Investment bonds

The collapse of the stock market in 2008 has led many investors to look elsewhere for safe places to put their money. While they can certainly store it in a savings account and accumulate interest, those who want to invest for the long term are rapidly turning to investment bonds. These bonds, also known as "insurance bonds," are ideal for someone looking to leave money for the next generation. These bonds were specifically invented to exploit quirks in the UK tax code, and while changes in the code have left many to switch to Unit Trusts and OEICs instead, investment bonds are still popular and widely regarded as a very secure investment. They are still one of the most popular ways for those with large savings to pass that money on to their children and grandchildren, especially as they occupy a unique space in the tax code.

In the UK and need short term car insurance or perhaps no deposit car insurance? If you own a house you'll need home insurance - check here at www.householdinsurance.ws for cheap home insurance quotes.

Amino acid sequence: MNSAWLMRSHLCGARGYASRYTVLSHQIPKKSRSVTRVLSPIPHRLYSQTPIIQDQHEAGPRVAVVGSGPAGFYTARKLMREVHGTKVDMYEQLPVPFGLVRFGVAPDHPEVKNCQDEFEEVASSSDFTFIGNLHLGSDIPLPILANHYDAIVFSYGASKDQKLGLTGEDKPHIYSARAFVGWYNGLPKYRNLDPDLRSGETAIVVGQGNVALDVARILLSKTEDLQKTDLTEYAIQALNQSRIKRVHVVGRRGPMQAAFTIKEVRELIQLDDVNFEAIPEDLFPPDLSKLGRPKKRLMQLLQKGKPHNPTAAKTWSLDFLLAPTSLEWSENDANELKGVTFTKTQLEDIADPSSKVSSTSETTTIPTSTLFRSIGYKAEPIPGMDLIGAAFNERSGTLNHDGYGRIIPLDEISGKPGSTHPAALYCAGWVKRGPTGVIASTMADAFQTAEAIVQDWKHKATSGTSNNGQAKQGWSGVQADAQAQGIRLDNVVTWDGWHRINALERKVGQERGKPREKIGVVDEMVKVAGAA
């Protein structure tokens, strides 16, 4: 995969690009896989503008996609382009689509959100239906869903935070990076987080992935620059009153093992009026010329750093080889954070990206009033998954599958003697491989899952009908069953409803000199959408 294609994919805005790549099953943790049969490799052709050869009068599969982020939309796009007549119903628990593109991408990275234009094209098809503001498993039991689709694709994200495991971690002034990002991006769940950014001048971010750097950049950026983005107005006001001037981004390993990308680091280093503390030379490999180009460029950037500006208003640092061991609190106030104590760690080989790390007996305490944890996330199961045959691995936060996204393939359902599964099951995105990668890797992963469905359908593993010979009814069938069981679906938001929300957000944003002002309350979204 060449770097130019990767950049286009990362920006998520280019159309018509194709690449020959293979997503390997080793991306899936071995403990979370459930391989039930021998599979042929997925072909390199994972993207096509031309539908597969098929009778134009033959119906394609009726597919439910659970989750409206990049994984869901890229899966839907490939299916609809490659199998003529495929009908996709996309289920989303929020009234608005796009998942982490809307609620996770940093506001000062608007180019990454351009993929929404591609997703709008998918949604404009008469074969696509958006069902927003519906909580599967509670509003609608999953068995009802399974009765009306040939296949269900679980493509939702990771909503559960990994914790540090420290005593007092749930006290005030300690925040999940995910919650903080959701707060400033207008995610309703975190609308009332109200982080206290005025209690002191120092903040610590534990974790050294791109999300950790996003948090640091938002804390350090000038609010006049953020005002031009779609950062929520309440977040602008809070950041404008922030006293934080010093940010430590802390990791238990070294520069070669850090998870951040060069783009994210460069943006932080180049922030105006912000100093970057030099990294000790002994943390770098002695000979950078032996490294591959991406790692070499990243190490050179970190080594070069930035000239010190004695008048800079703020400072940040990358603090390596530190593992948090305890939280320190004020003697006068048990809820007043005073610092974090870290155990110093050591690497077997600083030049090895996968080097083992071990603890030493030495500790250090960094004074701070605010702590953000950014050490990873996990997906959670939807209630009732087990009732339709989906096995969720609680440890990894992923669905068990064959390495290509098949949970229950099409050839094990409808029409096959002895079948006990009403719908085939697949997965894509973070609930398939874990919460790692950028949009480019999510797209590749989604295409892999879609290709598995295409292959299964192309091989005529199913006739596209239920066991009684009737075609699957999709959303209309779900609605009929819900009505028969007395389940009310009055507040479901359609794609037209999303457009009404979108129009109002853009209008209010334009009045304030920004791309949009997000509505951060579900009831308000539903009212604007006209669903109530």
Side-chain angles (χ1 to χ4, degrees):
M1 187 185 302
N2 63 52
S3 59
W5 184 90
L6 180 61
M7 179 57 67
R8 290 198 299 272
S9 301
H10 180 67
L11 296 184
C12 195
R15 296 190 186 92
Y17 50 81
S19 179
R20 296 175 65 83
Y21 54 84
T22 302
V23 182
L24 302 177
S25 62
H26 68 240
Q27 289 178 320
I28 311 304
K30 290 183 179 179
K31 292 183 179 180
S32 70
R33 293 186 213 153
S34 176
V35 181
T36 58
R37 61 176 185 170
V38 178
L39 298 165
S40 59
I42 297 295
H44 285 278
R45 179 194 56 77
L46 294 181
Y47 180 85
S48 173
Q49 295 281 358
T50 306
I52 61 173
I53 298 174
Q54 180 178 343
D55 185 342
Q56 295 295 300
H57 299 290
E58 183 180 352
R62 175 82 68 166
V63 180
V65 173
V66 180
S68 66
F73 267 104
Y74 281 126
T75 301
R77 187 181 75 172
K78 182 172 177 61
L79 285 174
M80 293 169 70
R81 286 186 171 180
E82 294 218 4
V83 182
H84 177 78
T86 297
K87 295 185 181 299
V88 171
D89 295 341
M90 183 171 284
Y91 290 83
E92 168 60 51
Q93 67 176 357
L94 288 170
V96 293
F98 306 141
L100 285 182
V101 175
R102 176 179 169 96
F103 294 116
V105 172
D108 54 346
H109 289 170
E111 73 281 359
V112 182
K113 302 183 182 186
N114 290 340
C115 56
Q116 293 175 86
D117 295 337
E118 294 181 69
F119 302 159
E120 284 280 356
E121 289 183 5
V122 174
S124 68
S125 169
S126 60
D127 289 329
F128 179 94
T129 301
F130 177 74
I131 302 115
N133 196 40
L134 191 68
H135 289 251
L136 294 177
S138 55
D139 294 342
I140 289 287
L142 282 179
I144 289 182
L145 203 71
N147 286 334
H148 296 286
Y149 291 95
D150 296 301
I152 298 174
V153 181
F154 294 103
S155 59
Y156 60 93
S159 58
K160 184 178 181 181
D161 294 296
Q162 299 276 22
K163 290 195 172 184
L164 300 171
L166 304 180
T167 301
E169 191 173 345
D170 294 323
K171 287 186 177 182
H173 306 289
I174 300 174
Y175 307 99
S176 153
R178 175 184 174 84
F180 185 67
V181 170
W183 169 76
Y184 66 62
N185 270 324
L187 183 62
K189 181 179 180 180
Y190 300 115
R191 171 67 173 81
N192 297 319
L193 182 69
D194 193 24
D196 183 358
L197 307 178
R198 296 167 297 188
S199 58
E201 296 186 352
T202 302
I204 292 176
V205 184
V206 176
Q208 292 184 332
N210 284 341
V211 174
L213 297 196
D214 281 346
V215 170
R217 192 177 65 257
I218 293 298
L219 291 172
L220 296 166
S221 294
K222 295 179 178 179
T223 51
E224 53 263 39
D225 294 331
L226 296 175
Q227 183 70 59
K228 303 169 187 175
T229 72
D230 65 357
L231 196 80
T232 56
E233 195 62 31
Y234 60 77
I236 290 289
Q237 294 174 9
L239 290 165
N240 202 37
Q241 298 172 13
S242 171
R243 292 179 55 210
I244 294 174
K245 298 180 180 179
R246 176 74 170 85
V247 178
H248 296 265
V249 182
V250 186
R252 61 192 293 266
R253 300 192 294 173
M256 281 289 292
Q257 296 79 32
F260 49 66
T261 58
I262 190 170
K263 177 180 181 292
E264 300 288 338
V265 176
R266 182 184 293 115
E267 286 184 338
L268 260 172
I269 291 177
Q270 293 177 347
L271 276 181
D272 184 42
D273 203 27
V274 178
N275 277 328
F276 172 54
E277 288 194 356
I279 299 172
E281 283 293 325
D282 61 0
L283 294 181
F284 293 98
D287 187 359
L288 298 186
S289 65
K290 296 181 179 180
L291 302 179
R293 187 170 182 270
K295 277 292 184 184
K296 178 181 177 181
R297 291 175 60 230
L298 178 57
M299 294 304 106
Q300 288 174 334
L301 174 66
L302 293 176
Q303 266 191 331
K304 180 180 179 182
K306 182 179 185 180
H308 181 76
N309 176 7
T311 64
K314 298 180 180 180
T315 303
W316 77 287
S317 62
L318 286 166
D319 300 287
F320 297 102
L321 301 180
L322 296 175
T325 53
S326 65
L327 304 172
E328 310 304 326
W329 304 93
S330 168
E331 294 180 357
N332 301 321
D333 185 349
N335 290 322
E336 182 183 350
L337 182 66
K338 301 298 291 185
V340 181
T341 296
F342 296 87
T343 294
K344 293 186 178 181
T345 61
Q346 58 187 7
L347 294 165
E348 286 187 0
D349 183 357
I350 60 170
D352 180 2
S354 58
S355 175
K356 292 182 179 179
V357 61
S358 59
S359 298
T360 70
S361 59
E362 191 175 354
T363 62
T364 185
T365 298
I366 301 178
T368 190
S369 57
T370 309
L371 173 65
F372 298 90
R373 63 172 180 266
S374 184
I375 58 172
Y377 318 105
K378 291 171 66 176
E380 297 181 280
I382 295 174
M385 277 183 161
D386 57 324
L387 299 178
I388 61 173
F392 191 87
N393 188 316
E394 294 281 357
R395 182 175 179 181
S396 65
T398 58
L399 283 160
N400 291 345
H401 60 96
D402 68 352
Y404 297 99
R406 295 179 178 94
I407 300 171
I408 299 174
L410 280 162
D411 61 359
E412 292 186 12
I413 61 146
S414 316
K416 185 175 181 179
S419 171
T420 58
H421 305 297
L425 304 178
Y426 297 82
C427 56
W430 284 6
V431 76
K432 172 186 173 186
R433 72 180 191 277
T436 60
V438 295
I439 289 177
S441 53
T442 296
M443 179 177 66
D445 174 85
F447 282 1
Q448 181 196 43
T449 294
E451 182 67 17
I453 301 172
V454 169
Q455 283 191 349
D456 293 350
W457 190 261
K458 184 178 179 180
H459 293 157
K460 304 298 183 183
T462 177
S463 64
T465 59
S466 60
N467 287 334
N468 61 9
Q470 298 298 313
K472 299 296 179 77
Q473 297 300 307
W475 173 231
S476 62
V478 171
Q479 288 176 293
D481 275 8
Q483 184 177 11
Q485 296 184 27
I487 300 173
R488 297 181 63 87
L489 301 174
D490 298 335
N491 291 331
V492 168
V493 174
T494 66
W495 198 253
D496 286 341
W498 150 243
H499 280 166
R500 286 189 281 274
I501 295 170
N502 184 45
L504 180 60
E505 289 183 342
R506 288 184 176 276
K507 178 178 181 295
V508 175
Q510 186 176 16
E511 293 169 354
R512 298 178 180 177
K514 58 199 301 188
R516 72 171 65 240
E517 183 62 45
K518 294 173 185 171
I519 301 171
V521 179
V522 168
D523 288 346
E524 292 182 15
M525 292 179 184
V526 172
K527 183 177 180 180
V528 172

Investment bonds are offered by insurance companies as a way to allow individual investors the ability to circumvent much of the capital gains and inheritance taxes. This ensures that the maximum amount of their investment is passed on to the next generation, and that the money is as safe as possible. Investment bonds are backed up both by the issuer and the government, and since they are explicitly designed to be passed on only to the investor's heirs, they tend to have very favorable rates of interest. After all, if the money will not be used for at least fifteen or twenty years, an insurance company is able to invest it in long-term, high-yield products like infrastructure or starter capital for new business ventures. This diversity is, in fact, one of the main draws for investment bonds, since it allows investors to put their money where they find their personal preferences or political beliefs lie.

There are a great variety of investment bonds on the market today. Originally they were only invested into the for-profit portion of the issuer's fund, but now a great variety is offered, enabling investors to put their money in everything from hydroelectric power plants to exciting third-world business ventures to entire countries. While this amazing diversity may be too much choice for some, discriminating investors with a knowledge of world markets are able to pick and choose sure winners for their bonds. Diversity remains important as no one investment is sure to pan out, but insurance funds work to only chose the best and surest funds for their investors.

Copyright Dan Daley 2008 All Rights Reserved